‘So?’ My breath hitches in my throat. I almost choke on it. ‘What are you doing here?’
‘I’m here to broker a new deal.’
My eyes narrow; my heart races. ‘Because our last one was such a success?’
‘Yeah, actually, I think it was.’
I make a snort of derision. Yes. I snort—in front of Ethan sex-god Ash. For Christ’s sake. I think I’ve reached pretty much the lowest ebb of my life.
‘It was a spectacular failure?’
‘Why? Because we exceeded expectations?’ He arches a brow. ‘I wanted to fuck you and instead I fell in love. You don’t think that’s commendable?’
‘Commendable?’ I repeat, my jaw dropping. ‘This isn’t a grade school assignment, for God’s sake, Ethan!’
‘Yeah, well, obviously... I think the school board would have a thing or two to say about it.’
Again he smiles, and I feel like he’s laughing at me.
I square my shoulders, staring at him with what I hope comes over as distaste. ‘I want you to get out. This is bordering on stalking, you know.’
‘Not until you’ve heard what I came here to say.’
He’s not joking now. His expression is hardened by intent and his eyes dare me to challenge him.
But mentally I brace myself for the inevitable. I will walk away from him. I will draw new boundaries. I will run from this as fast as I can.
Panic fills me.
‘Fine. Say what you want and then leave me alone.’
* * *
She’s still pissed off. Any hope I had that she might have mellowed over the last week has evaporated. Everything I planned to say, the arguments I wanted to level, the jokes I wanted to make about planting a peach orchard at my home disappear. I stare at her and I am lost. I am lost in the sea of what we were, and what we could be, and everything I am hinges on how I do this.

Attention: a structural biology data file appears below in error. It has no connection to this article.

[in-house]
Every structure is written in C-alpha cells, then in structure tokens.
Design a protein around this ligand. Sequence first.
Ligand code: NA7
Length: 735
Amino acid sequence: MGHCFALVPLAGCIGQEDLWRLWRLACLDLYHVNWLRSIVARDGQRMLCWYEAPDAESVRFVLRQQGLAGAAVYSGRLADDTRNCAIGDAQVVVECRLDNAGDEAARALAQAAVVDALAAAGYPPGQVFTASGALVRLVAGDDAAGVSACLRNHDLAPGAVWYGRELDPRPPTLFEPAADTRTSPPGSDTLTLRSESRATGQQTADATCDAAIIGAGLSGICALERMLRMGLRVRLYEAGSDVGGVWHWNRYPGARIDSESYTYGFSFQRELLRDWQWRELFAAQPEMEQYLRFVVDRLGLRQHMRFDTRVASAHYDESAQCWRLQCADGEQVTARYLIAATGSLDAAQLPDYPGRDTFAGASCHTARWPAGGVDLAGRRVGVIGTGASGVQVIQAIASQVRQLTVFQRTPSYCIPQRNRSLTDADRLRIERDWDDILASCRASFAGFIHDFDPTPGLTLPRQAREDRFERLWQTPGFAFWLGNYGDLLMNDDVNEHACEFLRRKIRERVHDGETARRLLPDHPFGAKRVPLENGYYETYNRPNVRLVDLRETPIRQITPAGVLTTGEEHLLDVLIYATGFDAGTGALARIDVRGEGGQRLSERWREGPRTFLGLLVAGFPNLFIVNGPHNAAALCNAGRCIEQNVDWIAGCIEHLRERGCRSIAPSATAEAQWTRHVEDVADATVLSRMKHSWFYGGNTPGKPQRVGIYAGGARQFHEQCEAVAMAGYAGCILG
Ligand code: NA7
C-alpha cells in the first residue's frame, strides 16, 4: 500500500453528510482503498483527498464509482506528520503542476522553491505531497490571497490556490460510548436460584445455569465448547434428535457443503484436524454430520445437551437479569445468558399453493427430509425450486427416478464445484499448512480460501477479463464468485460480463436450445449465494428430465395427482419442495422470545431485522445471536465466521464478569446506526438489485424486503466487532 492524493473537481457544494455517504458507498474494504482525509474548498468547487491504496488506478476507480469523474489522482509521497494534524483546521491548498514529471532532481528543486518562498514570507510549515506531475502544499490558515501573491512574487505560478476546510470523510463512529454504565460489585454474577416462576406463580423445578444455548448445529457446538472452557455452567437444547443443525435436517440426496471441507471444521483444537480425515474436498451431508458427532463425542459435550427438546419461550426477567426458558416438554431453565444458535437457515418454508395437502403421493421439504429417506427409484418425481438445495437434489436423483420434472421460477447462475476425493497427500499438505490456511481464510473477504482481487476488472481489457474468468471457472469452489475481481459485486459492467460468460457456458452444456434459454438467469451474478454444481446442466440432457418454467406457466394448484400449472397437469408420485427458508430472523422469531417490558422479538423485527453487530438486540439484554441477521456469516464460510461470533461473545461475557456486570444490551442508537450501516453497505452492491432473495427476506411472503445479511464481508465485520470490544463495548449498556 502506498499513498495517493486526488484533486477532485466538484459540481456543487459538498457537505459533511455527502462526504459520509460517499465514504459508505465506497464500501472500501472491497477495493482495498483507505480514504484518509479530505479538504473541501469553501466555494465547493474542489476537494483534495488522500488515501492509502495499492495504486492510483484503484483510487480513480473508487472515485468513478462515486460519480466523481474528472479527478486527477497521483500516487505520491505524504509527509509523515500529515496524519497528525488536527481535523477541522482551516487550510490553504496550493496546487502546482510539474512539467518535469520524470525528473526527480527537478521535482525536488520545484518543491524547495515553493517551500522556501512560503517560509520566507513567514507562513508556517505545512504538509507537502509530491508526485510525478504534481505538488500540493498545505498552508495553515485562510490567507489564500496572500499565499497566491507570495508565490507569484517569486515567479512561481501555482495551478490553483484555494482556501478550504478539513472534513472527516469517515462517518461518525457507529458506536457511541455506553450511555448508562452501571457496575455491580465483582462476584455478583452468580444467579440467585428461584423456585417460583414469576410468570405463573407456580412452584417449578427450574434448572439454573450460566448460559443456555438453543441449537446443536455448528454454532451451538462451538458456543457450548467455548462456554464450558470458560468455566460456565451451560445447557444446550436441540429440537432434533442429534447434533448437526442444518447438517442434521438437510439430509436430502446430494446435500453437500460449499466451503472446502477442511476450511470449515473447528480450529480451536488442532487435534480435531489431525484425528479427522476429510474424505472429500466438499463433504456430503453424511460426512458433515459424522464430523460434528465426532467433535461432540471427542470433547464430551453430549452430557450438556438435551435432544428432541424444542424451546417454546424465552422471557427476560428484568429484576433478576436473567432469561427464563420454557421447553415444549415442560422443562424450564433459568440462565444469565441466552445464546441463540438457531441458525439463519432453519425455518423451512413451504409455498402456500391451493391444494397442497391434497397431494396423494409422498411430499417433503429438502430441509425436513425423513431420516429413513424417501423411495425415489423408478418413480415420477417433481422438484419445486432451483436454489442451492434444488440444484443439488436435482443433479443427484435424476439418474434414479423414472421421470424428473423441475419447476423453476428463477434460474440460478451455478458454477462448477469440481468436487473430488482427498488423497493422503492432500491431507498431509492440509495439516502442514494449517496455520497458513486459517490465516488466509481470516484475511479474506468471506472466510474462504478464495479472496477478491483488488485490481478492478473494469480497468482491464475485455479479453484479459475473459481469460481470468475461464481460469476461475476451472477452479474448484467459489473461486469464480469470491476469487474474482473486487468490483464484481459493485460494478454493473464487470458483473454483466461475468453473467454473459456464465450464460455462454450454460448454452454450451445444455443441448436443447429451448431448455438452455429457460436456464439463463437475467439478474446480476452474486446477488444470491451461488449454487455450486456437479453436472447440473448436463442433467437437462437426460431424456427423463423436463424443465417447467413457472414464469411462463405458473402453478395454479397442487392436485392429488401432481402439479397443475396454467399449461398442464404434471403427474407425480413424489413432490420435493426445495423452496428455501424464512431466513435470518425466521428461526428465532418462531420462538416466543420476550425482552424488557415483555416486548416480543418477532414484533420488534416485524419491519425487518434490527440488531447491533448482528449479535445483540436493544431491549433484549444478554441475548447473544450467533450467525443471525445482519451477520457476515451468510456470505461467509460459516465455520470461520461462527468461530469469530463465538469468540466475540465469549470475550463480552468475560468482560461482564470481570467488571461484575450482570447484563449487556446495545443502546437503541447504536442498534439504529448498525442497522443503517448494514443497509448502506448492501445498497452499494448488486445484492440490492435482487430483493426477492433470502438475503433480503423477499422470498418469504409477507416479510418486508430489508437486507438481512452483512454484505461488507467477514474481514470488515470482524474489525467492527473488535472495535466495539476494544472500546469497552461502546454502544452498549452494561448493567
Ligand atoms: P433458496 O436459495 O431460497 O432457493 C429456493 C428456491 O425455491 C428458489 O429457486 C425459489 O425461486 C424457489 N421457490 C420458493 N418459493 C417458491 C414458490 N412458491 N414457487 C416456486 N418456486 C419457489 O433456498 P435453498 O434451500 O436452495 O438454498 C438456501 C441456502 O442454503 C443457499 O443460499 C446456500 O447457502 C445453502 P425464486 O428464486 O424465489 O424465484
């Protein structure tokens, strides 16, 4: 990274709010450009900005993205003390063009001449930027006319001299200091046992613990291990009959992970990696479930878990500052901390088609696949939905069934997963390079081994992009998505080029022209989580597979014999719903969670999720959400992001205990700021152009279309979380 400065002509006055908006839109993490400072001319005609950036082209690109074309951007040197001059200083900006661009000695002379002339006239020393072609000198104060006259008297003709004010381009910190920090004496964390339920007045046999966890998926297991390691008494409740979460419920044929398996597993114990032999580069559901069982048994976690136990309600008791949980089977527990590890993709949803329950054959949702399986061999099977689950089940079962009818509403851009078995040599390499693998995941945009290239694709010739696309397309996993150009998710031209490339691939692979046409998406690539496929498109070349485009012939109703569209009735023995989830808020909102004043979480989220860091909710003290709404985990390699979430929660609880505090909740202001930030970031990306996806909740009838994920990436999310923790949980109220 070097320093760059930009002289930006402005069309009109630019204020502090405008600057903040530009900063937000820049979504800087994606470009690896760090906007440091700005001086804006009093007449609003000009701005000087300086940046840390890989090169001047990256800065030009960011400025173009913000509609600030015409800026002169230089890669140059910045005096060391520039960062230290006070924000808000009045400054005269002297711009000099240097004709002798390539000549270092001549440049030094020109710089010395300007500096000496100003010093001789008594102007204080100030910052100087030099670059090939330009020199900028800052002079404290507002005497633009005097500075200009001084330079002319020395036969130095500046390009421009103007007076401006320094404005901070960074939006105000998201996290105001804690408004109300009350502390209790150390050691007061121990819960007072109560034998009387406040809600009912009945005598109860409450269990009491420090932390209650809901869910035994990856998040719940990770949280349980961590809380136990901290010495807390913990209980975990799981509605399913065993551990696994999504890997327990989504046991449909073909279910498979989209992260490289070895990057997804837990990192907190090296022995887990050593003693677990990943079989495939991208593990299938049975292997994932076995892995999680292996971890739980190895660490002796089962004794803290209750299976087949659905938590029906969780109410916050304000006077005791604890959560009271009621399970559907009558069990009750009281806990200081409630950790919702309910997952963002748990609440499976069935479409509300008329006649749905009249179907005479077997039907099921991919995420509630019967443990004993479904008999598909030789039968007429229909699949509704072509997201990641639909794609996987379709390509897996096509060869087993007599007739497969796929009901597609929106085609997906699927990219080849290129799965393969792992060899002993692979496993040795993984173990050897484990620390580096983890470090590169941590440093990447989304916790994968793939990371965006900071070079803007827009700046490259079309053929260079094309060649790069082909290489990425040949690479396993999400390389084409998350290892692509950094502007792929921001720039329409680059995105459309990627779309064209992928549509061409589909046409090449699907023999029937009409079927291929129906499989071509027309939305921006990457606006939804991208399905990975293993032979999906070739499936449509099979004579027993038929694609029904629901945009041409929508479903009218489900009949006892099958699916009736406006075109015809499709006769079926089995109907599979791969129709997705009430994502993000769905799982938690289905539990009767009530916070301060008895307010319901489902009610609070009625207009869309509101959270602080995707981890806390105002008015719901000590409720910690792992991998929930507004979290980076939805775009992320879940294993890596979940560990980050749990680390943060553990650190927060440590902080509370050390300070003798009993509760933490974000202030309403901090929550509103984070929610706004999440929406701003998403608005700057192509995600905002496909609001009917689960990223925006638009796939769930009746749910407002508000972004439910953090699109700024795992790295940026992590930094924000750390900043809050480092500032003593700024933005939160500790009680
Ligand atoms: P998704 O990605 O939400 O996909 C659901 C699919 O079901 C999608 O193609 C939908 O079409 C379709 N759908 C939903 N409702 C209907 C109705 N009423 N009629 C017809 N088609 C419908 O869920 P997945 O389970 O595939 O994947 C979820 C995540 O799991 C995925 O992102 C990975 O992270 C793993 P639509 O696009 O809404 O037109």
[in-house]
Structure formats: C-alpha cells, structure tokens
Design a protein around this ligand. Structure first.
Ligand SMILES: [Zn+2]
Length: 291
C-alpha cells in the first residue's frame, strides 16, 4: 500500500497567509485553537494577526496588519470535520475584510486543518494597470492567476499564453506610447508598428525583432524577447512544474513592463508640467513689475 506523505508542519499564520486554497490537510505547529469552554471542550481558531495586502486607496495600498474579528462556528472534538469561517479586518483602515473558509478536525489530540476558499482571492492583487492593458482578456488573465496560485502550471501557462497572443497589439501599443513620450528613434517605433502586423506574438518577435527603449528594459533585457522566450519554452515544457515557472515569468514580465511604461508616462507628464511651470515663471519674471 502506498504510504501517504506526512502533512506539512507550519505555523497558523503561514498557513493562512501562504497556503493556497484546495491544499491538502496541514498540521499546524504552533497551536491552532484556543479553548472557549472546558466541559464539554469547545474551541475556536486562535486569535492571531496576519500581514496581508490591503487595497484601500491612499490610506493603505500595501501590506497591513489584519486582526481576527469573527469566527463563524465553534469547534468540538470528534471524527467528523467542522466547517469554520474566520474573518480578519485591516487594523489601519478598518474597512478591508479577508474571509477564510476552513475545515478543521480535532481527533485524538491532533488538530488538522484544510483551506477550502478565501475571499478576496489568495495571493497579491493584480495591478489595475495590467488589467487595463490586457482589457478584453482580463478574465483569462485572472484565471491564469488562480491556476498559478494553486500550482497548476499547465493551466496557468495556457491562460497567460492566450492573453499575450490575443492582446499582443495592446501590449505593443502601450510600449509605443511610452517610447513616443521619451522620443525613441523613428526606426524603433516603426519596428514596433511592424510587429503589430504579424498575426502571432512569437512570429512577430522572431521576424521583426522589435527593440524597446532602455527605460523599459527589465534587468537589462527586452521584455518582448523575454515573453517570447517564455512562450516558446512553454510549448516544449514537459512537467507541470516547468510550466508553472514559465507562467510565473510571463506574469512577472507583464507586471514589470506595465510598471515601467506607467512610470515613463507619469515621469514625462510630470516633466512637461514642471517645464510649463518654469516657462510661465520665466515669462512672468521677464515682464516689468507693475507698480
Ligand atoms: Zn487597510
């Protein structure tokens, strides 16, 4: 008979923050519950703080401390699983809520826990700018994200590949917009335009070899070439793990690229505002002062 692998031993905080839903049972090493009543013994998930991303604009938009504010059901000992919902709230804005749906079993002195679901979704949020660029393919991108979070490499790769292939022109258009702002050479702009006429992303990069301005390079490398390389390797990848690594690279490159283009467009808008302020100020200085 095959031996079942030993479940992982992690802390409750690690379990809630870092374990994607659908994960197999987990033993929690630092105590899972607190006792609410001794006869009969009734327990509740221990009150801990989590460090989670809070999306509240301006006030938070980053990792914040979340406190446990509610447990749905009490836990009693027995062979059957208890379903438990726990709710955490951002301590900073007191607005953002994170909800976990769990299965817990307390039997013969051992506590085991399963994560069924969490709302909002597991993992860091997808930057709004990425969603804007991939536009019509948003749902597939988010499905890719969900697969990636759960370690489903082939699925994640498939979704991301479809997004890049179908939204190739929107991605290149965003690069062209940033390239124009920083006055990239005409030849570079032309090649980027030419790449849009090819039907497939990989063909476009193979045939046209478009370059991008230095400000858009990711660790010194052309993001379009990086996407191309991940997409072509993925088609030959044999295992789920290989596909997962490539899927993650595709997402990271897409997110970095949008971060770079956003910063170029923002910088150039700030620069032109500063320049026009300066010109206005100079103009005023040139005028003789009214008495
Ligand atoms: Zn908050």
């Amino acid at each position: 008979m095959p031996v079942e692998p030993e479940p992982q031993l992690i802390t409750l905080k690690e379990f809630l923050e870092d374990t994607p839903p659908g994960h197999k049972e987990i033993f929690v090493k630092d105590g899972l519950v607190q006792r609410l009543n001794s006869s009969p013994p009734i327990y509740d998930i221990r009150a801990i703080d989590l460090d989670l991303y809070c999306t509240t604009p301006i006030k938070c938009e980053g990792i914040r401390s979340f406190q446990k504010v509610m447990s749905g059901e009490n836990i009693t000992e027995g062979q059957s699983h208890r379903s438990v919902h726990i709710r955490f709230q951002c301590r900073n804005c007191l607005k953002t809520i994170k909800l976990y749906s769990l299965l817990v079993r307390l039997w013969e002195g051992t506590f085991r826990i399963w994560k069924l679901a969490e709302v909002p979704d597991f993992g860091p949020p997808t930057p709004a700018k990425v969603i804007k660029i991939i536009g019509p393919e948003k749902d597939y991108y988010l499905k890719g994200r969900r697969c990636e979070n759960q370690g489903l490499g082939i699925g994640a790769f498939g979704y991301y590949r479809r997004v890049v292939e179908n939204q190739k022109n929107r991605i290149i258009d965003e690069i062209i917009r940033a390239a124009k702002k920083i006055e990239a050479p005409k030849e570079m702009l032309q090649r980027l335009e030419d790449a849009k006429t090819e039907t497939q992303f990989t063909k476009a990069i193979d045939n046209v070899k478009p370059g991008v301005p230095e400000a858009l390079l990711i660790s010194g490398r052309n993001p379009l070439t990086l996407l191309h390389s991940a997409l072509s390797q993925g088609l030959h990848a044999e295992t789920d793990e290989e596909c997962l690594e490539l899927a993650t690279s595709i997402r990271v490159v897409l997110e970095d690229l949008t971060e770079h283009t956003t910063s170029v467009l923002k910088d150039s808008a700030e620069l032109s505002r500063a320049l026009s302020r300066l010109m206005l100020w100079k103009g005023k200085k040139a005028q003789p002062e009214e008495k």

‘You’re scared of how much you love me. I understand that.’
She makes a scoffing sound of disbelief. ‘You’re so arrogant! I walked away from you, remember? And you’re standing there telling me I’m in love with you?’
She glares at me.
‘Tell me you’re not,’ I challenge. ‘Say that you don’t love me and I’ll go. Right now. If that’s what you want, say it and I’ll walk out that door.’
Her eyes sparkle and then drop lower, mutiny in every line of her body. I hold my breath without realising it, but then I relax. Because she does love me. And she’s not a liar.
‘It was two weeks,’ she says angrily, as though the shortness of time we’ve known each other makes a damned bit of difference.
‘So you hardly know me!’
My temper rises and I want to shake her. No—scratch that. I want to kiss her and I want to fuck her. I want to rip that dress up around her waist and push her against her desk and do the only thing I can do to make her understand how perfect we are.
‘You think I don’t know you?’
Again she doesn’t meet my eyes.
Challenge accepted, Miss Douglas.
I pace towards her, so close that we are almost but not quite touching.
‘I know that you love to go running in a way that I will never understand but will try to come to terms with. I know that you love Neil deGrasse Tyson. I know that you drink gin and tonic and live with Eliza and Cassie and that you think of them as sisters.’
I’ve got her attention—if only because I’m moving infinitesimally closer with each sentence, closing what little gap remains between us.
‘I know that your parents are conservative and that you don’t want to disappoint them. I know that you feel about art the way I do about music. I know that you are brilliant and respected and intelligent, and as rare as any of my favourite Impressionist masterpieces.’
She sucks in a breath and my eyes drop to her lips, to the way they’re parted, revealing her white teeth and warm mouth. But I cannot be derailed from my argument. Not yet.
‘I know that you always eat your burger before you touch your fries—that you never eat them both at the same time—and I know that you like coffee first thing in the morning, even before I’ve spoken to you. I know that watching you eat a peach is the sexiest damn thing in the world. I know that you sing in the shower and, I’m sorry to say it, that you have one of the worst singing voices I’ve ever heard. Seriously...you couldn’t find the right key even if it landed on your head.’